We should start to listen, acknowledge, and simply asking the question: what can I do to change this reality, so no one is pushed to the edge?
Trigger warning: The following text is about suicide, which may be upsetting to some people.
When the lockdown began, and we were still getting used to working from home, a friend told me they were in a dark space. “Did I ever tell you,” they said, “that I once attempted suicide?”
Journalists are trained to listen, and so I did, to a successful writer who engages with the world readily, whose eyes come alive when they speak, who is always enthusiastic, loves the family dearly, and will go out of their way to get a quality kebab.
I will not give you the details of their attempt, because we’re not supposed to, under World Health Organization’s guidelines on writing about suicide, lest it sets off copycat suicides in people. For many of us, suicide may be restricted to a thought, a habit to lapse into, to fantasise about, each time a situation is too difficult to find a solution to. And therein lies the problem. From the time we are very young, we are told to find solutions. Our society is solution-driven, like somehow if you don’t find one there is something wrong with you. The maths problem, the financial situation, the alcohol addiction — they all needed solutions, often with minimal support and little empathy.
Suicide does not have a single cause — it is not about a girlfriend swindling you of some money, or a friend supplying you with drugs, or even a mental health condition alone. Sure, the careful contemplation of someone with depression, or the impulsive decision of someone with a personality disorder may be the ultimate cause of a person taking their life, but it is really an erosion of resilience over a long period, of not being heard, of a deep sense of loneliness.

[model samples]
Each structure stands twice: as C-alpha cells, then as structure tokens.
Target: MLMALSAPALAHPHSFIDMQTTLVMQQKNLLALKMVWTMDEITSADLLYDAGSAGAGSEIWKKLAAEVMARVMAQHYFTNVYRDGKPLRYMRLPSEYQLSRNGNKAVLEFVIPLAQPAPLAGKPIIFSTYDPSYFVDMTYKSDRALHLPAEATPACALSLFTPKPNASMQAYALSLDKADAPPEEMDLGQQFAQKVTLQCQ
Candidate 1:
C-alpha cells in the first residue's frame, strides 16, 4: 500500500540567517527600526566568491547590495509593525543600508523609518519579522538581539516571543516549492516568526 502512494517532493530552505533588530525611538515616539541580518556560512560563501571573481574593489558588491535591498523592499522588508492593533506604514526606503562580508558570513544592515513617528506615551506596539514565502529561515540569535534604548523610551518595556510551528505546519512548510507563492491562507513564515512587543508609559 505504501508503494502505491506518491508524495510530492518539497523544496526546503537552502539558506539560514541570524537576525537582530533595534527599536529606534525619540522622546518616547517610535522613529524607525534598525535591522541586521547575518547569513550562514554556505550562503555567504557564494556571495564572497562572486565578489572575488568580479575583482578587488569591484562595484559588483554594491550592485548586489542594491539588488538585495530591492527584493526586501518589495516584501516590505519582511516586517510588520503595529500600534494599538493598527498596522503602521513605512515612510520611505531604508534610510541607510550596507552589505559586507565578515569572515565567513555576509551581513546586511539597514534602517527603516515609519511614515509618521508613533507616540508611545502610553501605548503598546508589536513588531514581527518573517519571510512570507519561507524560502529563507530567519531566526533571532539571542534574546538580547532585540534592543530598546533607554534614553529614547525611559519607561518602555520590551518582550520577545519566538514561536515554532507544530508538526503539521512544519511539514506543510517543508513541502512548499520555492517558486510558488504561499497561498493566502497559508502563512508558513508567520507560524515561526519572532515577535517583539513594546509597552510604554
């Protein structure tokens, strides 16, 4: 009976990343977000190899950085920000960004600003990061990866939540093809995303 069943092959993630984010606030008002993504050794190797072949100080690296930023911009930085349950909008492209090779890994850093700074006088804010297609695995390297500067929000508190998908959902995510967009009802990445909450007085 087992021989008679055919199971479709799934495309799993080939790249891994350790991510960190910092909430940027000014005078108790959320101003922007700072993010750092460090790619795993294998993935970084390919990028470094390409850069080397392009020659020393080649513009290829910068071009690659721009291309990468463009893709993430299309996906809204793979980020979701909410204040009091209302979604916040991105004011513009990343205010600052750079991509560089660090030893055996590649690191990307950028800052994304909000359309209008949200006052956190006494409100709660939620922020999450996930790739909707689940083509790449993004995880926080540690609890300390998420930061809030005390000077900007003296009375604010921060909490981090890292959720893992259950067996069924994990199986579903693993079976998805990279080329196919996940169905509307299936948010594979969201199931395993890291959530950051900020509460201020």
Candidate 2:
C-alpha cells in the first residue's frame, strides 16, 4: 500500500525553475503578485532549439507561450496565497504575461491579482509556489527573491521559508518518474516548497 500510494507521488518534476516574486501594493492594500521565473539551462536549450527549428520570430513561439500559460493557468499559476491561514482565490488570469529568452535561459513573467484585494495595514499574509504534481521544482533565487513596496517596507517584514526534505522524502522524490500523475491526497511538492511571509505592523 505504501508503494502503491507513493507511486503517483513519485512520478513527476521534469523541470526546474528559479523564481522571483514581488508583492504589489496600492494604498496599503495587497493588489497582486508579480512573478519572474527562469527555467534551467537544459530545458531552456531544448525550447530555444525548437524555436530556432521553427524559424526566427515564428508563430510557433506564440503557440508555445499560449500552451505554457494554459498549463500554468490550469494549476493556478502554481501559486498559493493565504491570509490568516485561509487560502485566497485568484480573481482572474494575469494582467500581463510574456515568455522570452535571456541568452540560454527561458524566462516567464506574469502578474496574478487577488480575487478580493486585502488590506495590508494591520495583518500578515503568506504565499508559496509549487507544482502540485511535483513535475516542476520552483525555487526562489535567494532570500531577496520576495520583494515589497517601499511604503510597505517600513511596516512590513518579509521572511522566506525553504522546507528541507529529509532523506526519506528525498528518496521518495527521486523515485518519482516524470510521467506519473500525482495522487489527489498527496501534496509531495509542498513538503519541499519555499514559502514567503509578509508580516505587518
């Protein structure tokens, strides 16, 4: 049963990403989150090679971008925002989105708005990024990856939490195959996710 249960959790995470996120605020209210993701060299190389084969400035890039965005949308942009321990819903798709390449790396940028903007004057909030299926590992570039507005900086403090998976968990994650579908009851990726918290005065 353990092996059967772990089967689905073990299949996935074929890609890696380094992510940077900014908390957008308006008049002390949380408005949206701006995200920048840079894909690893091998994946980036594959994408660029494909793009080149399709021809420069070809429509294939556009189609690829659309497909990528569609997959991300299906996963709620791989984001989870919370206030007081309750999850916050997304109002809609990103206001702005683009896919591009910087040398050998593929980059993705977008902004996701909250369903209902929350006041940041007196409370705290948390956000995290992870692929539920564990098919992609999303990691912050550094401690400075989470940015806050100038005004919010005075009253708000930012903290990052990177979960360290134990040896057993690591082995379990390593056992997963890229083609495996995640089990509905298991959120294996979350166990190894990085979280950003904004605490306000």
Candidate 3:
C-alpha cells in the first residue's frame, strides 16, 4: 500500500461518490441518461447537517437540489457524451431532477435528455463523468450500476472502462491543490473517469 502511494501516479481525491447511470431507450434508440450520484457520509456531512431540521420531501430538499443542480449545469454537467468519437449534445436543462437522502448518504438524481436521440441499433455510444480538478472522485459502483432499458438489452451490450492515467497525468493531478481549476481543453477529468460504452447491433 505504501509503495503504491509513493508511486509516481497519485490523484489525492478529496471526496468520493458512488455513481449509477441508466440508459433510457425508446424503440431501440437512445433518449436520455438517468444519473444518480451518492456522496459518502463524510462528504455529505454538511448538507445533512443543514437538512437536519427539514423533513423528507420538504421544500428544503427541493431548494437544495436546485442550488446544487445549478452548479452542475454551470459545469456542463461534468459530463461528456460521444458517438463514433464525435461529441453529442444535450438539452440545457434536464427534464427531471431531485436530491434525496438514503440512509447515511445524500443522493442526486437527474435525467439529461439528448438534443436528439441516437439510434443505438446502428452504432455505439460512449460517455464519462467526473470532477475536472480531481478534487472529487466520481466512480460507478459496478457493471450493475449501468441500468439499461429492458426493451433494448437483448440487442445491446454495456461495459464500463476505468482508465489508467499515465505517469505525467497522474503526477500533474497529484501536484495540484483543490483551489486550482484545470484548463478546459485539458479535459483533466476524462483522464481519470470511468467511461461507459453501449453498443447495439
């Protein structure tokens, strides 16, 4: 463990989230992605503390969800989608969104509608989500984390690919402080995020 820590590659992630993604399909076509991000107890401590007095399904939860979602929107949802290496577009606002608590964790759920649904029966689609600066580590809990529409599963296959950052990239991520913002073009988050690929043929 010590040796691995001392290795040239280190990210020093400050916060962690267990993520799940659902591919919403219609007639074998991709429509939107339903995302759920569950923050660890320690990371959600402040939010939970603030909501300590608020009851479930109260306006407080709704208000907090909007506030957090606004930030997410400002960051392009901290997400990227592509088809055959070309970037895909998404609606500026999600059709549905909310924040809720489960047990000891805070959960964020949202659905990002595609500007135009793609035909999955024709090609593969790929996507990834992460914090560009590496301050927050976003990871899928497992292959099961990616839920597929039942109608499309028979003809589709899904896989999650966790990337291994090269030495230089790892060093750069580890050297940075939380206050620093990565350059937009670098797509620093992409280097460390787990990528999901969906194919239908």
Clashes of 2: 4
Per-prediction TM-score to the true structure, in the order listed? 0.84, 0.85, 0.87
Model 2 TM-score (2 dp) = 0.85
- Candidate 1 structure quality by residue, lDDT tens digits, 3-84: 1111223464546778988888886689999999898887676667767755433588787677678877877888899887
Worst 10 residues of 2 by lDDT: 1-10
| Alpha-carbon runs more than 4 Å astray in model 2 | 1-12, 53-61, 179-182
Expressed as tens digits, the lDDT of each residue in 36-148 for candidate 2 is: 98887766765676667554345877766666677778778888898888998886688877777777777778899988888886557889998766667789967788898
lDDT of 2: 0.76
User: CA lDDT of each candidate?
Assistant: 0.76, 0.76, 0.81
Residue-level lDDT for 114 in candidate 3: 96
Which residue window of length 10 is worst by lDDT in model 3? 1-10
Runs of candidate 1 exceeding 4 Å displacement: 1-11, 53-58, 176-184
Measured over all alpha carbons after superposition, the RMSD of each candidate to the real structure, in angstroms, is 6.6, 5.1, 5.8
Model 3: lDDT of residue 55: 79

Suicide is about you, me, our parents, children, teachers, governments, neighbours, friends, schools and colleges, workplaces, religious and financial institutions — the systems and relationships on which we build our lives. It is not about ‘fixing’ anything. It is about listening, acknowledging, and simply asking the question: what can I do to change this reality, so no one is pushed to the edge? It is not about saying, “Oh but he was always smiling.” Because people — even those who contemplate suicide —have moments where they enjoy life, and many more where they wear masks. It is about offering a friendly ear of course, but equally about acknowledging that each of us is a part of the problem. India, we have been told repeatedly, is a collectivist society, always offering support. It’s time to live out our claims. Then, the ‘solution’ will take care of itself.
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